For experts like Jesse Bloom, an evolutionary biologist at the Fred Hutchinson Cancer Research Center in Seattle, in the United States, you have to be vigilant and probably In a few weeks, more will be known about the rate of transmissibility of the variant and if a change in vaccines is necessary..
Studies on vaccines are already being carried out in different public laboratories and in companies that developed vaccines. The developers of two of the COVID-19 vaccines, Pfizer-BioNTech and Modern, they are preparing to reformulate their vaccines if necessary.
It is estimated that results won’t be ready for at least two weeks. But the mutations in Omicron suggest that vaccines are more likely to be less effective, to an unknown degree, than they were against any previous variant.
Jim Naismith, Director of the Rosalind Franklin Institute and professor of Structural Biology at the Oxford University in the UK, acknowledged today that there are still no answers to these three questions: The first is what is the spread rate of Omicron versus that of the Delta variant of concern. The second question is whether it causes more or less the same disease as Delta and the third is how far it can evade immunity.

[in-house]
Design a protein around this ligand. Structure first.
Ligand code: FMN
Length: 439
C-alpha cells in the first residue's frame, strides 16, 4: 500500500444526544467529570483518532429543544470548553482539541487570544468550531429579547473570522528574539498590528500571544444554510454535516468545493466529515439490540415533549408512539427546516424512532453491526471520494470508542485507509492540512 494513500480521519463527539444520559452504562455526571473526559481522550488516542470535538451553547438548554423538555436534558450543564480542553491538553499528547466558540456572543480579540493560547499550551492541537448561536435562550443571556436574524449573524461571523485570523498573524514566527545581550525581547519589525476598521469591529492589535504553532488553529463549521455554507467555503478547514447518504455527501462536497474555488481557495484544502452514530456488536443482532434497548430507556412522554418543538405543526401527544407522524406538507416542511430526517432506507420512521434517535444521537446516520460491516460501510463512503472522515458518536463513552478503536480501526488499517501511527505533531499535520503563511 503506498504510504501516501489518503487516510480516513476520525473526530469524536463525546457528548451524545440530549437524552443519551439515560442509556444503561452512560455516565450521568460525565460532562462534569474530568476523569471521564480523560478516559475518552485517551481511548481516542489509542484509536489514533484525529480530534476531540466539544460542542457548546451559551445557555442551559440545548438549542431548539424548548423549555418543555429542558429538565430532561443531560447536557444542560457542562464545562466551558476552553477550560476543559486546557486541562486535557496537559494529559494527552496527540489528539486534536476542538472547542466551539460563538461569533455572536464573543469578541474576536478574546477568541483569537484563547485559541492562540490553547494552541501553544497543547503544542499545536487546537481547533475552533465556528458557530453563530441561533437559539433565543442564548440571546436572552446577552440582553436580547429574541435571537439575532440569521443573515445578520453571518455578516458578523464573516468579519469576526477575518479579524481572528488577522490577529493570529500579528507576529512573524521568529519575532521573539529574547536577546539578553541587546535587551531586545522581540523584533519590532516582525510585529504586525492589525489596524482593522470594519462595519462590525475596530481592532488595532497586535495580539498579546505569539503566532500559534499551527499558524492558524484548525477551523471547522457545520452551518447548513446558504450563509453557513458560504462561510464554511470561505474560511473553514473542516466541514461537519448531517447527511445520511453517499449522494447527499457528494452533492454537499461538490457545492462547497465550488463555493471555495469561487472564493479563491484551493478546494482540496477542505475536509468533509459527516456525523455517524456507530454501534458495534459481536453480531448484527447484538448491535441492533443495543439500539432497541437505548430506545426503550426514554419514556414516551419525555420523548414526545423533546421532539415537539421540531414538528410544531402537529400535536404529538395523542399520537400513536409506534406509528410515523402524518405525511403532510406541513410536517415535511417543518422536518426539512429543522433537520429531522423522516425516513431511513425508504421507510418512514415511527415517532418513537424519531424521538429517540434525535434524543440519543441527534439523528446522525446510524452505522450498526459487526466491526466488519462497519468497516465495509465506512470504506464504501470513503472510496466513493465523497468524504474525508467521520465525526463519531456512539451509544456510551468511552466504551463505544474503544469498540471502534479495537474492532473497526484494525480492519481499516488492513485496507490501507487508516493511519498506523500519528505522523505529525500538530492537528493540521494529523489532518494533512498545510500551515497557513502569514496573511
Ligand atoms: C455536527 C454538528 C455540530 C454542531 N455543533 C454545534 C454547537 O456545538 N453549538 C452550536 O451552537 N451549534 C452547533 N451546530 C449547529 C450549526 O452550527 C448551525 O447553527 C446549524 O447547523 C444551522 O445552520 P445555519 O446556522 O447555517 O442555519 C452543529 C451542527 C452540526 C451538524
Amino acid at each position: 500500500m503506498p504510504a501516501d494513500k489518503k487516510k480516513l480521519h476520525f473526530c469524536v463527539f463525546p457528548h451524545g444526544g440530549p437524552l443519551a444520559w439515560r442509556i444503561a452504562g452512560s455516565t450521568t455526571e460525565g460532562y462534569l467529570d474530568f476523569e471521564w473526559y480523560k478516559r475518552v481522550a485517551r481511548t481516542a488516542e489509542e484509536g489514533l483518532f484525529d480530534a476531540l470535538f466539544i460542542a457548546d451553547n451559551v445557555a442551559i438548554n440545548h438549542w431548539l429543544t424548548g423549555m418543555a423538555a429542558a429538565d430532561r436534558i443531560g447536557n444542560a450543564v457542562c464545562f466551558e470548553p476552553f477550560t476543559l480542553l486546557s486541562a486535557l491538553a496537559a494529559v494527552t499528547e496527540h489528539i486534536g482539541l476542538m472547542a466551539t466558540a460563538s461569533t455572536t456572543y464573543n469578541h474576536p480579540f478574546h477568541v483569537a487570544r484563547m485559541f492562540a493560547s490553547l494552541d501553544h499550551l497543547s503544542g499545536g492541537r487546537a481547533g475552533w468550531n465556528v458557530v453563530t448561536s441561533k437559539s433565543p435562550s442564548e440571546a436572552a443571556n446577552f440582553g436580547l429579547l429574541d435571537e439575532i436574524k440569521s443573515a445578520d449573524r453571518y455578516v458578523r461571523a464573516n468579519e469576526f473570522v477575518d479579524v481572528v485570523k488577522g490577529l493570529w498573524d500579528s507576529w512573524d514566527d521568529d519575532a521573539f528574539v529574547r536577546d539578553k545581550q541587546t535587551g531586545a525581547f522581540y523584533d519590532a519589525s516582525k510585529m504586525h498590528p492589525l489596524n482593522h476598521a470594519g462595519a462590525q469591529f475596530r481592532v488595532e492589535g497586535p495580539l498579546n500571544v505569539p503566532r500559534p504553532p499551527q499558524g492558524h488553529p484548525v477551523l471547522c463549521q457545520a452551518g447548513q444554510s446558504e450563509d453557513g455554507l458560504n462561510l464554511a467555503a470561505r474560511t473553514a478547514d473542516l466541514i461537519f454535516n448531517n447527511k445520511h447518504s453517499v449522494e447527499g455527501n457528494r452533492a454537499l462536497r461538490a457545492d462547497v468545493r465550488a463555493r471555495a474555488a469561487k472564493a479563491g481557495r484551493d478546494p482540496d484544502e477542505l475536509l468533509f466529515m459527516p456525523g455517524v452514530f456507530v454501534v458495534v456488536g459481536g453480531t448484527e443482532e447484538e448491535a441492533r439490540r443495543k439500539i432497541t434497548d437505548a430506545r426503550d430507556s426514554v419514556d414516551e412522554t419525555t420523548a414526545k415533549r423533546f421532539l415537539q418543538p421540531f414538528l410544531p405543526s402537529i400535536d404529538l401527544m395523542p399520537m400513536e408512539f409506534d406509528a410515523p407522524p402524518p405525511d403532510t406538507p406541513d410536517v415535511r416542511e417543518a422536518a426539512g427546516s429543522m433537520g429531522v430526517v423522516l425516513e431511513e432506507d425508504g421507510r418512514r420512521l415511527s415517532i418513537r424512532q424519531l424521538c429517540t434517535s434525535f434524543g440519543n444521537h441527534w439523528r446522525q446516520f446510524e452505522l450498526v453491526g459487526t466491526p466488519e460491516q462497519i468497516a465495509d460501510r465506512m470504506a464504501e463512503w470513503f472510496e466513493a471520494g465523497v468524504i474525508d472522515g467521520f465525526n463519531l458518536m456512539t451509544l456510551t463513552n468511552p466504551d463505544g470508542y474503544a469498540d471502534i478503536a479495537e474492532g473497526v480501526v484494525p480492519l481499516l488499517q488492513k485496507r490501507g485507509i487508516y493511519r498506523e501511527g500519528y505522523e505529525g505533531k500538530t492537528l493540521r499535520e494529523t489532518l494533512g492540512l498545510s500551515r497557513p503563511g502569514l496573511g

“The three questions are crucial. We have a clue to the first question, some initial data suggests that the virus can spread rapidly. However, I caution that this may change. It is too early to know about the second question. Based on scientific studies of various changes in the coronavirus Spike protein and our understanding of the structural biology of neutralization, we would expect this variant to be less susceptible to immunity, either from the vaccine or from a previous infection, ”Naismith said.
“The vaccines we have are safe and effectiveAnd they have greatly reduced serious illness and death, ”Naishmith said. They will continue to be effective up to a point, which is why I urge everyone to wear theirs. In addition, there are new drugs that are going to work and will not be affected by the changes to Omicron. Beyond vaccination, ventilation is an effective measure, as is the use of a chinstrap or mask.